Spotted on twitter, an image described thus:
I’m published in
nature [as an honorable mention in their @ #ScientistAtWork photo competition]! This photo was taken while we were sampling waters and sediments to develop tools to assess the risk of contaminants in Antarctica. #polartox
… and featuring a penguin which I correctly identified as an Adélie (Pygoscelis adeliae), which has been mentioned before on this blog (not this actual Adélie penguin, obviously). You’ll note that the description isn’t all that thrilling, so you’ll likely have guessed that the image is pretty good.
You’d be right.
Perfect timing. And yes, the penguin has just leapt out of the water, but it does look like it has some sort of water jet pack on its back. Or maybe it’s a blast from its bottom: Adélie penguins are known for that sort of thing – there’s a whole scientific paper on it:
Featuring lines like:
Chinstrap and Adélie penguins generate considerable pressures to propel their faeces away from the edge of the nest. The forces involved, lying well above those known for humans, are high, but do not lead to an energetically wasteful turbulent flow.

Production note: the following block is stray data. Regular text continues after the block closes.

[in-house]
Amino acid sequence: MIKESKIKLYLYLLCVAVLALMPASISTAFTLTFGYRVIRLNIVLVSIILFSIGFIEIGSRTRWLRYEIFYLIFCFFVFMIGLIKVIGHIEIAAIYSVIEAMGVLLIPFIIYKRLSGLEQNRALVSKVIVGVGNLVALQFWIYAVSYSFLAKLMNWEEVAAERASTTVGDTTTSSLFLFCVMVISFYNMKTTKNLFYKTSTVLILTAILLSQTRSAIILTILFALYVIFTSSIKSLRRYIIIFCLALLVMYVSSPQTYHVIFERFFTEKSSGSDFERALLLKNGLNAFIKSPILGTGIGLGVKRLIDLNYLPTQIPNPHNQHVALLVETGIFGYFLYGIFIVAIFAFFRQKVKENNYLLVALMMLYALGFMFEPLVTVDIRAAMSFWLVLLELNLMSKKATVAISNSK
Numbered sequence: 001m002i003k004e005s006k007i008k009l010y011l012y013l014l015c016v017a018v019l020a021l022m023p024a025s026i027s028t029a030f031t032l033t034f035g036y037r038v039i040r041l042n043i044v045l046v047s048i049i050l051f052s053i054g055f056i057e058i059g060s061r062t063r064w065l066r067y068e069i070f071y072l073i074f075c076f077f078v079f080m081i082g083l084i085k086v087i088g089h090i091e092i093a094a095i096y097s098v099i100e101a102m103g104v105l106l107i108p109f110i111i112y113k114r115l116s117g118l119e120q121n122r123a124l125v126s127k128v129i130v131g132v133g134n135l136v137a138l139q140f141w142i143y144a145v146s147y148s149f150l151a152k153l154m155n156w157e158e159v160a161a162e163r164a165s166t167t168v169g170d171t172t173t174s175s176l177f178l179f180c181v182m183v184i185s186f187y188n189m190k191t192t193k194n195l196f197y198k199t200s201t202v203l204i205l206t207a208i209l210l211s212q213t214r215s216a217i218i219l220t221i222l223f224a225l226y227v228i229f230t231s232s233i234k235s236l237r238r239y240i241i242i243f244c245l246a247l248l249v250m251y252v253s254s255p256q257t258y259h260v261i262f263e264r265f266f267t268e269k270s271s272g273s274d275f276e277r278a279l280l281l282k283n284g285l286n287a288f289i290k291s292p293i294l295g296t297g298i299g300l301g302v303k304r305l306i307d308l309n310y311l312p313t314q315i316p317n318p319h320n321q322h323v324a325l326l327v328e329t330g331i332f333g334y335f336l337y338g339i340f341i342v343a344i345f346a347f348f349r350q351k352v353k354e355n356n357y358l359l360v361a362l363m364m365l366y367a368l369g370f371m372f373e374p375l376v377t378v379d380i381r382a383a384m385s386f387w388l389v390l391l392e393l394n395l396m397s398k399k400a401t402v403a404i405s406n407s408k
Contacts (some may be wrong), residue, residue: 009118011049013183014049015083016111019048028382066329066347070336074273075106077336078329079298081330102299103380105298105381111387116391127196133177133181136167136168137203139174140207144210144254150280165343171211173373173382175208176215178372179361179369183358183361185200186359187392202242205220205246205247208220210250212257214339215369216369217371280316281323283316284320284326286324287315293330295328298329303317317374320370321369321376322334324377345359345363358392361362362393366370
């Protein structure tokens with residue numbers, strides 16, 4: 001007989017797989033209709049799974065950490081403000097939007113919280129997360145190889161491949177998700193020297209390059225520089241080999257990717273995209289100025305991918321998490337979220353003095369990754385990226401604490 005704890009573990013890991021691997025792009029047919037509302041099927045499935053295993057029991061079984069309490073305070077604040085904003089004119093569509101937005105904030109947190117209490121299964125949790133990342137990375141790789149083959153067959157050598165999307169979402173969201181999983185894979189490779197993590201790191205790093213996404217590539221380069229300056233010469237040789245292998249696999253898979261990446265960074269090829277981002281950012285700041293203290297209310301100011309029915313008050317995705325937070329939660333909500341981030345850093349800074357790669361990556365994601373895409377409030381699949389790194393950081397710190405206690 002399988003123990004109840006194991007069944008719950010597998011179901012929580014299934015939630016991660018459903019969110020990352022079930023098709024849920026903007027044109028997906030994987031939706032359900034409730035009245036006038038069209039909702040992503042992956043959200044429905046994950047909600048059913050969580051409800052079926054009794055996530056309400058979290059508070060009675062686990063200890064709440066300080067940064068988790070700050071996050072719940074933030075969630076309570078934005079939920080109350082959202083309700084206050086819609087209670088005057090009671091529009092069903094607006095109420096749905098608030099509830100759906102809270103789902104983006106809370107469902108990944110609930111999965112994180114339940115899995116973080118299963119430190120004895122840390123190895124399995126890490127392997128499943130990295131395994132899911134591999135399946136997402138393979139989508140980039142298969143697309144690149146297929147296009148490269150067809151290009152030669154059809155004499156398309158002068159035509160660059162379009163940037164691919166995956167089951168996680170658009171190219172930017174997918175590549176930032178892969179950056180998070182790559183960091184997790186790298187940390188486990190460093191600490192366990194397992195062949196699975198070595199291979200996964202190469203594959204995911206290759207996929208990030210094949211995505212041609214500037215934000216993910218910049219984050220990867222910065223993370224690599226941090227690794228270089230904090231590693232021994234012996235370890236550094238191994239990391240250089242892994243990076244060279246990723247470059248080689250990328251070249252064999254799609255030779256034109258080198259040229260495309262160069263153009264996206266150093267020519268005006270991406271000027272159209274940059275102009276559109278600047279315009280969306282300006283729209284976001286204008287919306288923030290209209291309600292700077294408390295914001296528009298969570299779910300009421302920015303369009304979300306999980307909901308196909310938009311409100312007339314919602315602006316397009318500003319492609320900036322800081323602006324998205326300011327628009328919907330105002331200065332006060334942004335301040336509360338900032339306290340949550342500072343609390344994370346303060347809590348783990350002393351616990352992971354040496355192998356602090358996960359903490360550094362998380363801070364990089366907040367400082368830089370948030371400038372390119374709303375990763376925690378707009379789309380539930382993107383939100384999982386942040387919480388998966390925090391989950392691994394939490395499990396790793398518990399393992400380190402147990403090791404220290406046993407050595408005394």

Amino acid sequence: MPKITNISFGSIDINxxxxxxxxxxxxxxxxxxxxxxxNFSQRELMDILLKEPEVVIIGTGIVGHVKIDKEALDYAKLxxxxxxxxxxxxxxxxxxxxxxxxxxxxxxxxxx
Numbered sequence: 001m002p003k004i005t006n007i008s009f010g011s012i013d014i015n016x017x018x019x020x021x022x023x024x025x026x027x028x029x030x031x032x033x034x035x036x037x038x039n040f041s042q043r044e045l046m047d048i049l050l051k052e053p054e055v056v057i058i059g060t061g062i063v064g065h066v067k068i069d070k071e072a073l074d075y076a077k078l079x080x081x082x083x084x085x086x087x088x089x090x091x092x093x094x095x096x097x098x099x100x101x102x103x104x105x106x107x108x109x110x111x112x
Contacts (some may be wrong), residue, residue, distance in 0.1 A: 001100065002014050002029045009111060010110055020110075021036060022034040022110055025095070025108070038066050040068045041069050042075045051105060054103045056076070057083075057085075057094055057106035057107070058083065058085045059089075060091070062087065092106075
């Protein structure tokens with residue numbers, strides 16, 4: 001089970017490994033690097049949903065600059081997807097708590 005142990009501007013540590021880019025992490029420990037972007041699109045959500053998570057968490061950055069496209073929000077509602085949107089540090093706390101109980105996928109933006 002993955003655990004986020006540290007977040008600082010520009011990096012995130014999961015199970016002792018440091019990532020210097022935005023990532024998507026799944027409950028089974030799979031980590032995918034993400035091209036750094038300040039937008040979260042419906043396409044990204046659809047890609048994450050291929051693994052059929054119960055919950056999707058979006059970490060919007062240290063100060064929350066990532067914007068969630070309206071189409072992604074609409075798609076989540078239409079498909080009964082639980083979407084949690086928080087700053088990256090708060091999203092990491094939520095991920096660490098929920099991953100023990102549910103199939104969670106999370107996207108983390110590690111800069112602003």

Honestly, what sort of scientist wakes up one morning and thinks:
You know what? Today, I’ll try to find out how forcefully a penguin shits.
There’s a meritorious project that will provide humanity with essential knowledge and earn me scientific infamy.
But I digress. Often. It just looks like this penguin is shooting an water jet from its anus. As I mentioned above, that’s unlikely to be the case.
That this great photo only made it into the Honourable Mention section of the Nature #ScientistAtWork photo competition mean that there must be some absolute bangers in there.
And there are. Go and see right here.
Photo credit: Darren Koppel